Northern Ireland's Priority Species

Balaenoptera borealis – sei whale


Balaenoptera borealis Lesson, 1828
Family: Balaenopteridae

The sei whale is a large, deep-water, baleen whale. It is found in warm and temperate waters in all oceans but not normally in the coastal waters around Northern Ireland. In 2006, a juvenile male, 10m long, swam into Larne Lough, County Antrim and eventually became stranded on the shores of Islandmagee. This is the first confirmed stranding of this species in Ireland since 1914.

In brief

  • Very rare in the seas around Northern Ireland
  • Found mainly in the open ocean
  • Large, fast swimming whale
  • Listed as a UK Priority species

Species description
The sei whale is a large, streamlined, fast-swimming whale that can grow up to 20m long. The body is dark bluish-grey, with lighter mottling on the sides and a paler underside; it has an almost metallic sheen in the water. The hooked dorsal fin can be up to 60cm tall and is located two-thirds of the way along the back. The head is narrow, with a single ridge running from the two blow holes to the end of the snout. There are 38-60 throat grooves that allow the throat to expand when the whale is feeding. The 300-400 baleen plates, on the upper jaws, are black with a metallic sheen. Each plate has a distinctive fringe of very fine, soft, white bristles.

Life cycle
Sei whales feed by skimming around 900kg of food a day (mainly plankton, small fish and squid) from the surface waters of the ocean.
They are usually found singly or in small family groups. Females give birth to a single 4-5m long calf, which is fed on milk for 6-9 months. The lifespan of a sei whale is thought to be about 70 years.

Similar species
The sei whale can be confused with the fin whale and the minke whale. Fin whales are larger (21-26m long). The minke whale is smaller (8-10m long) and has a distinctive diagonal white band on the upper surface of the front flippers.

How to see this species
Since the sei whale is usually found in deep water, far out in the open ocean, you would be unlikely to see this species in the seas around Northern Ireland. There have been no confirmed sightings off the coast of Northern Ireland and only one known stranding in Co. Antrim in 2006.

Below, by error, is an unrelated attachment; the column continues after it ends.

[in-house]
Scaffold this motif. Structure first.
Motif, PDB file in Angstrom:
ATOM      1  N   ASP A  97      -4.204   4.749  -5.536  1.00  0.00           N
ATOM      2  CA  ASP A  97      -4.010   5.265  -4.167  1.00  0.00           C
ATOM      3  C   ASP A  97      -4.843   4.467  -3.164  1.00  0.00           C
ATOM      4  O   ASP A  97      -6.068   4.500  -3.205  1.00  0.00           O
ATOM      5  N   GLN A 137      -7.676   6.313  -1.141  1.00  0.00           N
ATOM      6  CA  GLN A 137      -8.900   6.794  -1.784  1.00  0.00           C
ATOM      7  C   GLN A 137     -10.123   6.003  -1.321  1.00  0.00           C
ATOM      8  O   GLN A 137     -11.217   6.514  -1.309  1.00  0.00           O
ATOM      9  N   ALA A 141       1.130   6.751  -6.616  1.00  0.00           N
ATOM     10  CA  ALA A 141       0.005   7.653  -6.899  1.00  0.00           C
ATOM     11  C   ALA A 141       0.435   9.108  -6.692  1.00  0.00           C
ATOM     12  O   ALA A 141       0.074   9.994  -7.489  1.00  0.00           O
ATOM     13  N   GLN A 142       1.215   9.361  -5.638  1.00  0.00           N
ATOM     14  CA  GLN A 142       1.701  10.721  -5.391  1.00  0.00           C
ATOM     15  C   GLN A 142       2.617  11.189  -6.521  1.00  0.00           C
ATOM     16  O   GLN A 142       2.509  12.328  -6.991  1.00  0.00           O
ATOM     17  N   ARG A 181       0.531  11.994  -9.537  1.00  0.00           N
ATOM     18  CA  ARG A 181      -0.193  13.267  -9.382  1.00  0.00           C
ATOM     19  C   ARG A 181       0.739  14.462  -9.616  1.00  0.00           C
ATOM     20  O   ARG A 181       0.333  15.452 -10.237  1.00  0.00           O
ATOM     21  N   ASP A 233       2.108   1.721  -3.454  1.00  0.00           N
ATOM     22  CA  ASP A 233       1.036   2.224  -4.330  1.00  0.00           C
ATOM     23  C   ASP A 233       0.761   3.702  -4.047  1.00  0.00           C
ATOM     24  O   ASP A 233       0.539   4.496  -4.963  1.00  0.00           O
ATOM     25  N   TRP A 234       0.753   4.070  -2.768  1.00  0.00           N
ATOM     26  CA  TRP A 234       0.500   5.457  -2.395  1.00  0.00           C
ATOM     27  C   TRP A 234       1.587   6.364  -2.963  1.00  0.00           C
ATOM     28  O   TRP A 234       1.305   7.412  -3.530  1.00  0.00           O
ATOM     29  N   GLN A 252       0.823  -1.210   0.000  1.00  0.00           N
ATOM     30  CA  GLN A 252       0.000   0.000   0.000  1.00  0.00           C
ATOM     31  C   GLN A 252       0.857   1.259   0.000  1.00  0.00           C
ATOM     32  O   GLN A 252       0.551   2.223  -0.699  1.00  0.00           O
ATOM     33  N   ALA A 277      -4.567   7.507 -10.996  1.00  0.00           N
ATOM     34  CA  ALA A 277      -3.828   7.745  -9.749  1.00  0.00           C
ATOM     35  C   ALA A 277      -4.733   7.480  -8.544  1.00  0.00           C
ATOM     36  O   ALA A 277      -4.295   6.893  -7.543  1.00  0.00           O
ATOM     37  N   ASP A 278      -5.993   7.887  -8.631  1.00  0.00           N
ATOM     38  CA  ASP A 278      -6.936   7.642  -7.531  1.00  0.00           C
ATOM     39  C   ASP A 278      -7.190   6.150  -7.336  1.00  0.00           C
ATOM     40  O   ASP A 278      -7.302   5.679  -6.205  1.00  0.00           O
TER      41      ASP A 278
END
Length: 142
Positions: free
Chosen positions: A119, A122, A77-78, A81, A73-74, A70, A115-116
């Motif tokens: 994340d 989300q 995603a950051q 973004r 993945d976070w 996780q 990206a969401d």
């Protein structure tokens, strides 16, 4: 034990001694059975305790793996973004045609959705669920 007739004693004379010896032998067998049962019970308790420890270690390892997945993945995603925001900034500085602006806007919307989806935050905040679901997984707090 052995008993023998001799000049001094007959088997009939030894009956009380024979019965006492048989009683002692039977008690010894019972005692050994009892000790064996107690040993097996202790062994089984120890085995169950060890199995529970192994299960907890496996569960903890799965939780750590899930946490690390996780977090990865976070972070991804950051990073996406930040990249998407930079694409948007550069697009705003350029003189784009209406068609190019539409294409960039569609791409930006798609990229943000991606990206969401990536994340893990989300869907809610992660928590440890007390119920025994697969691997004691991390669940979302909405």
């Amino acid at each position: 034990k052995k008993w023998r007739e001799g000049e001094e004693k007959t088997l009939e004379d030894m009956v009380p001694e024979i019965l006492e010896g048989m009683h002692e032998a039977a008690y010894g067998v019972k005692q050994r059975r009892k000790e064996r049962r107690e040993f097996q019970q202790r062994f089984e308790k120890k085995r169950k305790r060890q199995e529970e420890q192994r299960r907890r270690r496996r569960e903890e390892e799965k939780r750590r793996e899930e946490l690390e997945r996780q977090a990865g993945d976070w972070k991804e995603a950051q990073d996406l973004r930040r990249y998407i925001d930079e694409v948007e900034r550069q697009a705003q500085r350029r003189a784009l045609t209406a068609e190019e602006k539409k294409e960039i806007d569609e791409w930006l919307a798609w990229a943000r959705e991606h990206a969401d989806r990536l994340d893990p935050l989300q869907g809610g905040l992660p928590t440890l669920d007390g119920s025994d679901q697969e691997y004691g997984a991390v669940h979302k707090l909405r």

Current status
The European offshore population was estimated to be around 360 individuals in 2007.

  • Listed on Schedule 5 of the Wildlife (N. Ireland) Order 1985
  • Listed in Schedule 2 of the Conservation of Habitats and Species Regulations 2010
  • Listed in Annex II and III of the Convention on the Conservation of European Wildlife and Natural Habitats (Bern Convention)
  • Listed in Annex IV of the Conservation of Natural Habitats and of Wild Fauna and Flora (the Habitats Directive)
  • Listed in Appendix I CITES
  • Listed in Schedule 2 of the The Conservation (Natural Habitats, etc.) Regulations (Northern Ireland) 1995

Why is this species a priority in Northern Ireland?

  • Listed as a UK Priority species
  • Classified as Endangered (EN) on the IUCN Red List 2008

Threats/Causes of decline
Sei whales were targeted extensively by whalers in the 1960s and 70s when other large whale species became hard to find. Over 25,000 sei whales were taken in 1964-1965 but the catch dropped to just 150 animals in 1978-1979, by which time the species had been hunted almost to extinction. “Scientific whaling” by Japan still presents a threat to this endangered species.

  • Entanglement in fishing gear
  • Collisions with ships
  • Ocean pollution (chemical and noise)

Conservation of this species

Current action
Sei whales are included in the UK Grouped Species Action Plan for baleen whales, which was published in 1999.

  • Post mortem and tissue studies are carried out on stranded whales to establish the cause of death and condition of the animals at the time of death
  • In 2008 the Northern Ireland Environment Agency initiated a cetacean monitoring programme to provide information on the distribution and relative abundance of cetaceans in Northern Ireland waters. The information collected will enable the future selection of marine protected areas for cetaceans

Proposed objectives/actions

  • Avoid accidental harm to whales when present in Northern Ireland waters
  • Contribute to international measures for the conservation of whales

What you can do
To report sei whale sightings to CEDaR, telephone 028 90395264 or email

Further information

Irish Cetacean Review 2000-2009, The Irish Whale and Dolphin Group

Grouped species action plan for baleen whales

National action plan - Grouped plan for baleen whales

Joint Nature Conservation Committee (JNCC) priority species page

NBN Gateway: Sei Whale (Balaenoptera borealis) grid map

Irish Whale and Dolphin Group

ARKive - Sei whale


Text written by:
Angela Ross

iNaturalist: Species account : iNaturalist World Species Observations database